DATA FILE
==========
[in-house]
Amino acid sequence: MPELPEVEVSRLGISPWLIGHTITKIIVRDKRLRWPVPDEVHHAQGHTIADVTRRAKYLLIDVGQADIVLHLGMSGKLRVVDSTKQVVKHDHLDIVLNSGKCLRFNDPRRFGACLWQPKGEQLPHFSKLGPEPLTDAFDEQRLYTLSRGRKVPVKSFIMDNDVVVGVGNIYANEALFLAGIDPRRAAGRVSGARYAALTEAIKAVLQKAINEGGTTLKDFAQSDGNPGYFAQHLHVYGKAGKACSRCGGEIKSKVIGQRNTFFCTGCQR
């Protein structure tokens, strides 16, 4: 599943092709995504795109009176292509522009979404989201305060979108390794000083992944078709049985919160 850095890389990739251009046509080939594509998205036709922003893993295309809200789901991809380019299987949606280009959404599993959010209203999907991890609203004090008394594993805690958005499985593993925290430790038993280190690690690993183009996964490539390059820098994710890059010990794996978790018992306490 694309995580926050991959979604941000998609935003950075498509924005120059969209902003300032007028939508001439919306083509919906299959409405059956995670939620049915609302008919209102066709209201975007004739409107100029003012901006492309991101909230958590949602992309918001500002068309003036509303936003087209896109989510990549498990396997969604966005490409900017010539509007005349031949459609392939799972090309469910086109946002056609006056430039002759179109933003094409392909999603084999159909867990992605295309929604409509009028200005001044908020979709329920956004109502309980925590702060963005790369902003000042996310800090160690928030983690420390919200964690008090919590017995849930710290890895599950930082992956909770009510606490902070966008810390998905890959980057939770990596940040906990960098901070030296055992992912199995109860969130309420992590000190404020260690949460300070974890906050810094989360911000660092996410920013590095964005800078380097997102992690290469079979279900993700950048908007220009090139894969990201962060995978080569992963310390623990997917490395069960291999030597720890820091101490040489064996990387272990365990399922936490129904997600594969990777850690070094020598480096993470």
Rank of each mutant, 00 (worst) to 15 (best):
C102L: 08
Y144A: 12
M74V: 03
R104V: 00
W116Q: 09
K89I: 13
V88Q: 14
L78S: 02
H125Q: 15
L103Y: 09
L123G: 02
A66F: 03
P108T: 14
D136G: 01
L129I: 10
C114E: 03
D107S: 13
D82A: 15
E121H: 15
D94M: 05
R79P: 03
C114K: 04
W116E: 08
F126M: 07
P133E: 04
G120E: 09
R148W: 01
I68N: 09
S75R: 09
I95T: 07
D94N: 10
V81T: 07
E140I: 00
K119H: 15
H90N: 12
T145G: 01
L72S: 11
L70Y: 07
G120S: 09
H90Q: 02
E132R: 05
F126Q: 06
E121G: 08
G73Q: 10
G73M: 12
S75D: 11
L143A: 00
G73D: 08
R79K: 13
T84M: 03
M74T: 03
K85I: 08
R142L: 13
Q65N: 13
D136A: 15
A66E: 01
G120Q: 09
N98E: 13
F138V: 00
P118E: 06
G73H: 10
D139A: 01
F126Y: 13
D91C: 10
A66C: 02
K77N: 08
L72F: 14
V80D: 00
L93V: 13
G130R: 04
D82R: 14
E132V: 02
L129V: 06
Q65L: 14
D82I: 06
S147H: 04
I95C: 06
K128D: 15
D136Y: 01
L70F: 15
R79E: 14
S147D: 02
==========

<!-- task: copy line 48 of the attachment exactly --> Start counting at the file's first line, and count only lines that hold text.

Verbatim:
G73Q: 10